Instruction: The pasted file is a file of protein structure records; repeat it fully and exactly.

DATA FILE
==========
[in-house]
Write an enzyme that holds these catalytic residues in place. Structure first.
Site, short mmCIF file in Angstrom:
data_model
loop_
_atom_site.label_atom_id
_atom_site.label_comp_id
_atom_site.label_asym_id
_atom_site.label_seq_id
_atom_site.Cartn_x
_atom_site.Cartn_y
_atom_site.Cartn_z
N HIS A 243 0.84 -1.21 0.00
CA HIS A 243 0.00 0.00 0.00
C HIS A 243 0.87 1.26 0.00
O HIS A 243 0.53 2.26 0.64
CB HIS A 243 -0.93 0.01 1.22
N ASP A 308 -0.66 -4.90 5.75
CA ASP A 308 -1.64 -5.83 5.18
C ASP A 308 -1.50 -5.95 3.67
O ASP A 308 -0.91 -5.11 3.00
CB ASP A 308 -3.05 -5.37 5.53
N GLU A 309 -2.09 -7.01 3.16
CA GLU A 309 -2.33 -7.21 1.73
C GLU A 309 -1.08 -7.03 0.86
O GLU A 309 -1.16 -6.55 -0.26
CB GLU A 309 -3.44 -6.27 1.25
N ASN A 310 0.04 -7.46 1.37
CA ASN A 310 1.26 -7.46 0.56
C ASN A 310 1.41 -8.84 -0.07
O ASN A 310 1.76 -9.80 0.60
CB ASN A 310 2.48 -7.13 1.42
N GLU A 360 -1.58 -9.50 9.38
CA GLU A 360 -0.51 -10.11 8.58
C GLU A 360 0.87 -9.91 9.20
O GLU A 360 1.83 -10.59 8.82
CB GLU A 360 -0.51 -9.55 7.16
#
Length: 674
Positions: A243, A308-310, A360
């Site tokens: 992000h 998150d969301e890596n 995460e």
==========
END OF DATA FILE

[in-house]
Write an enzyme that holds these catalytic residues in place. Structure first.
Site, short mmCIF file in Angstrom:
data_model
loop_
_atom_site.label_atom_id
_atom_site.label_comp_id
_atom_site.label_asym_id
_atom_site.label_seq_id
_atom_site.Cartn_x
_atom_site.Cartn_y
_atom_site.Cartn_z
N HIS A 243 0.84 -1.21 0.00
CA HIS A 243 0.00 0.00 0.00
C HIS A 243 0.87 1.26 0.00
O HIS A 243 0.53 2.26 0.64
CB HIS A 243 -0.93 0.01 1.22
N ASP A 308 -0.66 -4.90 5.75
CA ASP A 308 -1.64 -5.83 5.18
C ASP A 308 -1.50 -5.95 3.67
O ASP A 308 -0.91 -5.11 3.00
CB ASP A 308 -3.05 -5.37 5.53
N GLU A 309 -2.09 -7.01 3.16
CA GLU A 309 -2.33 -7.21 1.73
C GLU A 309 -1.08 -7.03 0.86
O GLU A 309 -1.16 -6.55 -0.26
CB GLU A 309 -3.44 -6.27 1.25
N ASN A 310 0.04 -7.46 1.37
CA ASN A 310 1.26 -7.46 0.56
C ASN A 310 1.41 -8.84 -0.07
O ASN A 310 1.76 -9.80 0.60
CB ASN A 310 2.48 -7.13 1.42
N GLU A 360 -1.58 -9.50 9.38
CA GLU A 360 -0.51 -10.11 8.58
C GLU A 360 0.87 -9.91 9.20
O GLU A 360 1.83 -10.59 8.82
CB GLU A 360 -0.51 -9.55 7.16
#
Length: 674
Positions: A243, A308-310, A360
């Site tokens: 992000h 998150d969301e890596n 995460e």